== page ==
Four hours after INF-α administration, a specialized type of imaging, called magnetization transfer imaging, was performed that showed evidence of microstructural changes in the striatum when compared to scans conducted prior to INF-α administration. This suggests that the striatum is highly sensitive to IFN-α.

IFN-α also induced fatigue and depression in the patients, particularly over weeks 4 through 12 of treatment. Interestingly, the early striatal structural change predicted the later emergence of fatigue, but not depression, in the study participants.

Changes in the striatum were heterogeneous with some changes associated with the risk for fatigue, while other changes seemed to be protective against developing fatigue.

“Inflammation-related fatigue and depression are big clinical problems,” said Dr. John Krystal, Editor of Biological Psychiatry. “This study highlights that the brain regions central to reward and motivation are directly altered by inflammation in ways that that appear to predispose or protect against developing fatigue but not depression. The heterogeneous striatal response may suggest that fatigue and mood are supported by different microcircuits within the striatum.”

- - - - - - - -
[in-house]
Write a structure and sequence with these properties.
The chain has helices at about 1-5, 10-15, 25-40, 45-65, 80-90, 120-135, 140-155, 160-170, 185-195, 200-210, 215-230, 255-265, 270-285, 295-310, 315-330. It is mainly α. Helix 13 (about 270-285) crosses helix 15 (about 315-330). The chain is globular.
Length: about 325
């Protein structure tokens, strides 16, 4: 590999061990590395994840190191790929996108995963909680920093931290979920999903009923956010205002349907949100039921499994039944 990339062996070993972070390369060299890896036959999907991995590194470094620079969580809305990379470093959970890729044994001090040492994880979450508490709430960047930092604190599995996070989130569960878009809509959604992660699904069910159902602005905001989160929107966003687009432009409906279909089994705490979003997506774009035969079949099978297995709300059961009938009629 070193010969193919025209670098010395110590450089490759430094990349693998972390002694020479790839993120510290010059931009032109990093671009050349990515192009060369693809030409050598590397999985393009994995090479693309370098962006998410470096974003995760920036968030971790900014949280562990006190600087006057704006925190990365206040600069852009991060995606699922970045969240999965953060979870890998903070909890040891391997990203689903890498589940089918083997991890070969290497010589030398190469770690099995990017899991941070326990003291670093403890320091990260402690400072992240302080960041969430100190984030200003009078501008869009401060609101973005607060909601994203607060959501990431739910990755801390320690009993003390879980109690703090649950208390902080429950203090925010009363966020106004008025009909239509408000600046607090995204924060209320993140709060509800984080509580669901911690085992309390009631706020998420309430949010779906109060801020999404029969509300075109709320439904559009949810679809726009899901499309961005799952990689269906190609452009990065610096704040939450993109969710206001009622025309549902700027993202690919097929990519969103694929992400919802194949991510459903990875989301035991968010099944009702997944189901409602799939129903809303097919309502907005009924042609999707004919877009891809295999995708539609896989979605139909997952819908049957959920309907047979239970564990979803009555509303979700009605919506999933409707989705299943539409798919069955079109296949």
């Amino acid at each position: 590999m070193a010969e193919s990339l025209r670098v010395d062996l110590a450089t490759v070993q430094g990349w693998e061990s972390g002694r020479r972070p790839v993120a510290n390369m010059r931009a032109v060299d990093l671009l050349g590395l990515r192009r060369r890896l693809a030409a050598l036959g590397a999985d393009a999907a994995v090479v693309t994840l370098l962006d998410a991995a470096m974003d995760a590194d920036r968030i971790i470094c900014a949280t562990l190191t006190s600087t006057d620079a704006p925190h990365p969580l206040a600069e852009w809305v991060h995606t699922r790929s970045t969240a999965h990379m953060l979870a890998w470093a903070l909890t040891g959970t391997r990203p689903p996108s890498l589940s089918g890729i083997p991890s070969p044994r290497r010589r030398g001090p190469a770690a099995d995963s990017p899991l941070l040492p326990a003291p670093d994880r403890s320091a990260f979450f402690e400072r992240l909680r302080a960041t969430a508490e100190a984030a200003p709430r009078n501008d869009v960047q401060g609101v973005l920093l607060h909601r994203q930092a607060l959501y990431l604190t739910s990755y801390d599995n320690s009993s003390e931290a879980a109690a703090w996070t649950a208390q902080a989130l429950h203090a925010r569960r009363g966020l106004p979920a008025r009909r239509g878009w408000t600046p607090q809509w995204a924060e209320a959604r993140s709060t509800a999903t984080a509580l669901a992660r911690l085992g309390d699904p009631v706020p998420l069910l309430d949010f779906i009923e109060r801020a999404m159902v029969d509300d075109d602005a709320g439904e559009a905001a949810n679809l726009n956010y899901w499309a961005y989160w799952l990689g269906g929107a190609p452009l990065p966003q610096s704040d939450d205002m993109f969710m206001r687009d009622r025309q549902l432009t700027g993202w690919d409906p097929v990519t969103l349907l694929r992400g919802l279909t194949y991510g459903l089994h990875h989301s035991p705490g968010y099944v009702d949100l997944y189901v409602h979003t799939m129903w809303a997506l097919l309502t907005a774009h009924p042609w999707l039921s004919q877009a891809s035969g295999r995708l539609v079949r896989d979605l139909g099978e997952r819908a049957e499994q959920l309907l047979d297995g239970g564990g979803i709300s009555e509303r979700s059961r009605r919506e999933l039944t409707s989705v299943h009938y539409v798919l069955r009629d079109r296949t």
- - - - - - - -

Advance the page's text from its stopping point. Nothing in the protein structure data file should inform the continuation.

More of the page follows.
“These findings are important as they show that a relatively simple MRI technique can be used to measure effects of inflammation on the brain,” Harrison commented. “Inflammation is increasingly implicated in the cause of common mental illnesses, particularly depression. This technique could be a powerful way to identify patients who are most sensitive to effects of inflammation on the brain. It could also be used to monitor response to novel anti-inflammatory therapies that are now being tested in depression.”
The article is “Acute Changes in Striatal Microstructure Predict the Development of Interferon-Alpha Induced Fatigue” by Nicholas G. Dowell, Ella A. Cooper, Jeremy Tibble, Valerie Voon, Hugo D. Critchley, Mara Cercignani, and Neil A. Harrison (doi: 10.1016/j.biopsych.2015.05.015). The article appears in Biological Psychiatry, Volume 79, Issue 4 (February 15, 2016), published by Elsevier.